There’s been a lot to celebrate lately! A UT alumna was named a 2020 Rhodes Scholar—UT’s ninth; another student won UT’s very first Mitchell Scholarship; four faculty members received NSF Early Career awards; two faculty were named AAAS fellows; a UT professor is among the most highly cited researchers; the Haslam College of Business MBA program ranked 50th in the nation; two English professors received recognition for their work; and a former Earth and Planetary Sciences professor was posthumously honored with a special journal issue.
Nature Prefers Asymmetrical Pollen Grains, Study Finds
It’s no secret that pollen plays a vital role in plant reproduction worldwide, including the production of food. But for decades, scientists have been puzzled about the variety of patterns on the surface of these pollen grains—specifically, how they are formed and if they have a function.
A study published in Cell sheds some light on the subject, showing that plants favor the production of uneven, asymmetrical patterns on the surface of pollen grains over more symmetrical patterns.
“The pollen wall itself—the surface of a pollen grain—serves the important function of protecting the pollen grain genetic material from the environment as the pollen travels during the process of pollination. However, the function of the precise pattern on this surface is not well understood,” said Maxim Lavrentovich, assistant professor of theoretical biophysics in the Department of Physics and Astronomy at UT, and coauthor of the study.
Continue reading about Lavrentovich’s study at news.utk.edu.
NSF Picks UT-ORNL Governor’s Chair for Biodiversity Project
The National Science Foundation recently announced support for a variety of studies aimed at understanding Earth’s biodiversity, including a project led by UT’s Frank Loeffler.
Loeffler, the joint UT–Oak Ridge National Laboratory Governor’s Chair for Microbiology and Civil and Environmental Engineering, is researching the role of microbes in controlling emissions of nitrous oxide—also known as laughing gas—from the ground.
“As nitrous oxide destroys the ozone layer and is a greenhouse gas, gaining a better understanding of how it is released naturally and its overall effect on the environment would be a step toward better controlling it,” said Loeffler, who holds UT appointments in the Department of Microbiology in the College of Arts and Sciences and in the Department of Civil and Environmental Engineering in the Tickle College of Engineering, as well as an adjunct appointment in UT’s Department of Biosystems Engineering and Soil Science and an appointment in ORNL’s Biosciences Division.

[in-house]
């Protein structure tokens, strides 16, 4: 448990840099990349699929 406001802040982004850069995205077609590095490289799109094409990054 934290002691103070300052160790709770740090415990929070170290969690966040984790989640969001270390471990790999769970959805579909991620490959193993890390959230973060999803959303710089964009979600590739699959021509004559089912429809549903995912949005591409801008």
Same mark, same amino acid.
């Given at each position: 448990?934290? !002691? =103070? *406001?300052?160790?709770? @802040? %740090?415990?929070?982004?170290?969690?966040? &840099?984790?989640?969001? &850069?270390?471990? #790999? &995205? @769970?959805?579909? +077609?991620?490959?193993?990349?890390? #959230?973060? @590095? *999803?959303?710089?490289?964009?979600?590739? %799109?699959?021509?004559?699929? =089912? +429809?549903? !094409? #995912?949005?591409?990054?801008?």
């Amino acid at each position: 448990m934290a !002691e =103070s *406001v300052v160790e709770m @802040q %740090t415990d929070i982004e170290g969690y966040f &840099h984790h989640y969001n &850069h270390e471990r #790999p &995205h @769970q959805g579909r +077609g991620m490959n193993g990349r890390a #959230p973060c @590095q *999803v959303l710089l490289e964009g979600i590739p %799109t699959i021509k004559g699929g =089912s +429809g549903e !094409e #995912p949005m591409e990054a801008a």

Graduate Student Spotlight: Shelby Scott
In 2016, Louis Gross, a professor in the Department of Ecology and Evolutionary Biology, presented to his Math Ecology students an article about the lack of gun violence research conducted in the United States.
He assigned his class to use mathematical modeling, a method of using equations to describe and predict phenomena in biology, to assess gun violence. When the project was over, one of his graduate students, Shelby Scott, decided to continue researching gun violence. She hasn’t stopped since.
“It was like there was a voice in my head telling me to pursue the topic,” said Scott. “Except the voice in my head was the media, my friends, and the government. It was the new stories of mass shootings every day—the stories of interpersonal violence and fatalities.”
Graduate Student Spotlight: Maegen Rochner
Maegen Rochner, a graduate student specializing in dendrochronology in the Department of Geography, is recreating a millennia of climate history one tree at a time. Armed with a chainsaw, a face shield, and hiking boots, she climbs the landslides and avalanches of the Beartooth Mountains in Montana and Wyoming searching for her next potential sample.
Tree-ring science, or dendrochronology, is a fundamental tool in understanding climatological and ecological histories of a location.
At the most basic level, tree rings show the amount of precipitation a region experiences in a year. When moisture is plentiful in the spring, a tree’s cells expand quickly, forming a light band. As the year progresses and the ground becomes more dry, the cells shrink, forming a thinner, darker band. One light and one dark band together constitute a year, with the variation in ring widths marking the different amount of moisture absorbed year to year.
Tree rings are also very dependent on temperature. The earlywood (light band) reflects the early growing season (spring and summer), and the latewood (dark band) reflects the later growing season (late summer and early fall) into dormancy (late fall, winter).
Wildfires, insect outbreaks, floods, droughts, and avalanches can alter the pattern, creating a unique “fingerprint” of that period that is present within all the trees of that location. Matching up the overlapping patterns from a sample with a known age to an older log of unknown age allows us to date that older sample. Continuing the process with older and older samples allows us to go back tens of thousands of years while giving us a more complete climatic picture of the area.